Poster Presentation The 3rd Prato Conference on the Pathogenesis of Bacterial Diseases of Animals 2014

Characteristics of adhesion and invasion-associated genes of Campylobacter spp (#26)

Jong Wan KIM 1 , Young Ju Lee 2
  1. Animal and Plant Quarantine Agency, Anyang-si, South Korea
  2. Kyungpook National University, Daegu, South Korea

Introduction:Campylobacteriosis is one of the most common bacterial causes of gastroenteritidis worldwide. The virulence factors related with adherence and invasion of epithelial cells are considered to be important for the induction of gastroenteritidis. In this study the prevalence of adhesion and invasion-associated gene in Campylobacter strains isolated from domestic and imported chicken meat were investigated, and to further compare the adhesion and invasion of these Campylobacter strains on in vitro cell culture model using INT-407 cells(human intestinal epithelial cell).

Materials and Methods:A total of 74 C. jejuni and C. coli strains, including 38 isolates from domestic and 36 from imported chicken meat were tested in this study. The presence of seven adhesion and invasion-associated genes (cadF, peblA, jlpA,porA, CJE1415, CJE1538, P95) were assessed by PCR and adherence and internalization assays were preformed with INT 407 as previously described [2].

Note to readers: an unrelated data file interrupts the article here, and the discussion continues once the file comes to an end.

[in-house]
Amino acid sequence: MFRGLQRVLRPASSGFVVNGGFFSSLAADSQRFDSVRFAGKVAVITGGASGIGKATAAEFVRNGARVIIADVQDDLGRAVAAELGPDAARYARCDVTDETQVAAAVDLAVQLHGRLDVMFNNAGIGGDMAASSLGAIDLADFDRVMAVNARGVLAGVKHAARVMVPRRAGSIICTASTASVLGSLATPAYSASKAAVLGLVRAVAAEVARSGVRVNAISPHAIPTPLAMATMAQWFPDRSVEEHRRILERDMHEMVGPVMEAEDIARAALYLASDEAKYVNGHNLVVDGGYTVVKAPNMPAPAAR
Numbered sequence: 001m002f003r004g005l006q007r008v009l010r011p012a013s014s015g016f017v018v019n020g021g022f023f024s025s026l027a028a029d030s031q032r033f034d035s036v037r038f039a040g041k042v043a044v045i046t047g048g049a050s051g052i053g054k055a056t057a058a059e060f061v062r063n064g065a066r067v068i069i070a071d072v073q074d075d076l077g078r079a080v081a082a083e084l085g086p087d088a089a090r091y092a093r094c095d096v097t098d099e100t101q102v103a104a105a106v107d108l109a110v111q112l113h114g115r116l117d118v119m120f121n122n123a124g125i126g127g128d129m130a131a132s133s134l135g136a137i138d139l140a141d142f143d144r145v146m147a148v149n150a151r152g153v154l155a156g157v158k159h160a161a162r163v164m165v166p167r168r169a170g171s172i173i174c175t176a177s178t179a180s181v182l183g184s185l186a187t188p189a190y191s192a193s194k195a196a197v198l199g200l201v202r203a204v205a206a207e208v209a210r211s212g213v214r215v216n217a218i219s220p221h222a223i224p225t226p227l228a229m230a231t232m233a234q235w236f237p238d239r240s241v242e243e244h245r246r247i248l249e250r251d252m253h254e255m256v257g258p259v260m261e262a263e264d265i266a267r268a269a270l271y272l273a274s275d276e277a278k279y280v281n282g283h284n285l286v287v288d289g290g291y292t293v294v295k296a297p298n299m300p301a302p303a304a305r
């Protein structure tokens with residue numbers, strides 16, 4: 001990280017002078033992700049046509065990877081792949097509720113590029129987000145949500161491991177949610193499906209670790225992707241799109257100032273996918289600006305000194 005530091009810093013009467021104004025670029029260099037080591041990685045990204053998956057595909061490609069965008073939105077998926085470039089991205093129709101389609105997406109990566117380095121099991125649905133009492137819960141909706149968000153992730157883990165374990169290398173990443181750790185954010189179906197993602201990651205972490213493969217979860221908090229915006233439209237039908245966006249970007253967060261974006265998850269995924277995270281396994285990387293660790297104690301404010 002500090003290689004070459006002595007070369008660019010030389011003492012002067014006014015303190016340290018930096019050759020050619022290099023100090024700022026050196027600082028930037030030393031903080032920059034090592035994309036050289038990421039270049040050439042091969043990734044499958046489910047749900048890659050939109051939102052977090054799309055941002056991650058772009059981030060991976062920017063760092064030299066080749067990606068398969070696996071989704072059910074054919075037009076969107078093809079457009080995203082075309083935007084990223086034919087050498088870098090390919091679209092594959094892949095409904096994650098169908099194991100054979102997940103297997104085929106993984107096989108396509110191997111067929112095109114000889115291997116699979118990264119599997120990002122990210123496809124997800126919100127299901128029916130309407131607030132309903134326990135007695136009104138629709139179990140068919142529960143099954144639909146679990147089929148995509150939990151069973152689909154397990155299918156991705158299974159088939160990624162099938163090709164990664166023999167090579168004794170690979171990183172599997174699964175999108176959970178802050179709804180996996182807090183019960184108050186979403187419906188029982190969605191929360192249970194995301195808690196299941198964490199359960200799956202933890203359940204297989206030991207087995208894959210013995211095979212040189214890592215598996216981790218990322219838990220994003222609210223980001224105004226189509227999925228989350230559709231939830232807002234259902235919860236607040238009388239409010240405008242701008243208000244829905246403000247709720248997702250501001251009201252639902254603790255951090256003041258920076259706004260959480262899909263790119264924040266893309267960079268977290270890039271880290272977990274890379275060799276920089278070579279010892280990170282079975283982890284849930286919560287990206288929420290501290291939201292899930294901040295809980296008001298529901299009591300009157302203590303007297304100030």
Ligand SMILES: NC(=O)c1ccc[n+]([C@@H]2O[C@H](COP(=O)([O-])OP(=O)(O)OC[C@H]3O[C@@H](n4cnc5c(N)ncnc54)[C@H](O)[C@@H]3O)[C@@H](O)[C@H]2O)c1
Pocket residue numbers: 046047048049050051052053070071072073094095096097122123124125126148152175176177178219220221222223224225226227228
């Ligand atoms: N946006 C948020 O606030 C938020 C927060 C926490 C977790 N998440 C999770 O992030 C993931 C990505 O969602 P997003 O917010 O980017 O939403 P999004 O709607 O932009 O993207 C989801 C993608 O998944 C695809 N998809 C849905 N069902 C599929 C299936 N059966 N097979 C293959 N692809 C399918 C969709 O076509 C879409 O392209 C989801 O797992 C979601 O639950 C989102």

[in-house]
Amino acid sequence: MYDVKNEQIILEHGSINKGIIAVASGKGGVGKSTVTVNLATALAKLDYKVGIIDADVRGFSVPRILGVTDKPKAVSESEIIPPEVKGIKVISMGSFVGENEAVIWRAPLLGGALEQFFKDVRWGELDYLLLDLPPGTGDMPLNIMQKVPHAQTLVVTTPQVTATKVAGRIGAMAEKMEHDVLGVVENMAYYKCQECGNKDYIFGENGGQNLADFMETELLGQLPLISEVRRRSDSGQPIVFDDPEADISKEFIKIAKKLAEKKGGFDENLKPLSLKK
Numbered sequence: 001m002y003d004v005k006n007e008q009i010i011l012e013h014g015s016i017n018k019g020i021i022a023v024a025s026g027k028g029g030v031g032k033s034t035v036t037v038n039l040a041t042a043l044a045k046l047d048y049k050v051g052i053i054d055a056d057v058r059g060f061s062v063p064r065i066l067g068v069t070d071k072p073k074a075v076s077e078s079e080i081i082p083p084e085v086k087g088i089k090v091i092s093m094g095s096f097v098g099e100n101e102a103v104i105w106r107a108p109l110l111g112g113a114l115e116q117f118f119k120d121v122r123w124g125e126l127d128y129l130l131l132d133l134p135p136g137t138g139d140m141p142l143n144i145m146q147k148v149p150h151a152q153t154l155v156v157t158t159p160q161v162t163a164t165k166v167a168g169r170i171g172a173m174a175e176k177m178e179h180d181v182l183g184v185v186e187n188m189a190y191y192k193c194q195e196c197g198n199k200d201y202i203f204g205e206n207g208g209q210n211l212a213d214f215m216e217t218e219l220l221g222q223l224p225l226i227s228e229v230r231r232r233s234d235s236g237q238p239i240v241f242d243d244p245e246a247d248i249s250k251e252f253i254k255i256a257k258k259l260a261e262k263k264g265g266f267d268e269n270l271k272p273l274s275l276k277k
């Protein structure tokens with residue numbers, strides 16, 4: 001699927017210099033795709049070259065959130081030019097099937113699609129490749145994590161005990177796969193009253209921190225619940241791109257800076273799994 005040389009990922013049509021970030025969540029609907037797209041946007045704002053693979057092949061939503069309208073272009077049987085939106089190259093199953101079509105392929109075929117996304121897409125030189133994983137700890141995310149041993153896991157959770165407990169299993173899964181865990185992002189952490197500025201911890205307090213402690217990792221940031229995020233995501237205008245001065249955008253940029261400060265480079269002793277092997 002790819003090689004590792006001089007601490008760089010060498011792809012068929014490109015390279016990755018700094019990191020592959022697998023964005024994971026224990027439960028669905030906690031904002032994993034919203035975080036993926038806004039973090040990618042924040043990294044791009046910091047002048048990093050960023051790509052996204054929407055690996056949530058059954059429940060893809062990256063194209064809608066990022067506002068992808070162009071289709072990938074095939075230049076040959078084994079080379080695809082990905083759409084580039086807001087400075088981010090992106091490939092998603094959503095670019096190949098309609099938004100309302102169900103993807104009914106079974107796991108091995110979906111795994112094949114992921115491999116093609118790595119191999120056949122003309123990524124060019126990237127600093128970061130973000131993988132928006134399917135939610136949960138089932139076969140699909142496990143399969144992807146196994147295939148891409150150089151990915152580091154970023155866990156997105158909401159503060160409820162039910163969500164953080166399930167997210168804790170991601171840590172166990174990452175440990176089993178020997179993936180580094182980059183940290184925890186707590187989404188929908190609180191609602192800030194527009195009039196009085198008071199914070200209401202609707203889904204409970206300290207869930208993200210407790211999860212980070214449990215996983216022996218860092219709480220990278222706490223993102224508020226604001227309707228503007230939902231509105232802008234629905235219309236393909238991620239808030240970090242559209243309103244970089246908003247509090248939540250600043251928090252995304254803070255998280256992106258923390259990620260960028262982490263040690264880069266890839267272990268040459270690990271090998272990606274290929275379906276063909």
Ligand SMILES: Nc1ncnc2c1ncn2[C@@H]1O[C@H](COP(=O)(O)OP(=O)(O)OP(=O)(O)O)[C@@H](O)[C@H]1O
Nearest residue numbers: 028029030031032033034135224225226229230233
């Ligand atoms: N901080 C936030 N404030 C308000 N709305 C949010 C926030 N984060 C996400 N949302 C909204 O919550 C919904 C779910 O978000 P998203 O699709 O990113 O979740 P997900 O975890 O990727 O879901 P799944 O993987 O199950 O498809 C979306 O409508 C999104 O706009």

Results:Among a total of 74 Campylobacter spp., the cadF, peb1A, jlpA, porA, CJE1415, CJE1538 and P95 were present in 63 (85.1%), 73 (98.6%), 64 (86.5%), 71 (95.9%), 72 (97.3%), 65 (87.8%) and 73 (98.6%) Campylobacter spp., respectively.Significantly higher proportions of C. jejuni strains contained cadF and jlpA as compared to C. coli (44/46 vs 19/28 and 43/46 vs 21/28; P<0.001). The strains contained all genes tested in this study had significantly higher adherence and invasive capability to INT-407 cells as compared to cadF¯, jlpA¯, cadF¯·jlpA¯, cadF¯·jlpA¯·porA¯ and peb1A¯·jlpA¯·CJE1415¯·P95¯ strains.


Conclusions:The prevalence of each gene suggests their potential role as important biological and pathogenic factor involved in Campylobacter spp. infection.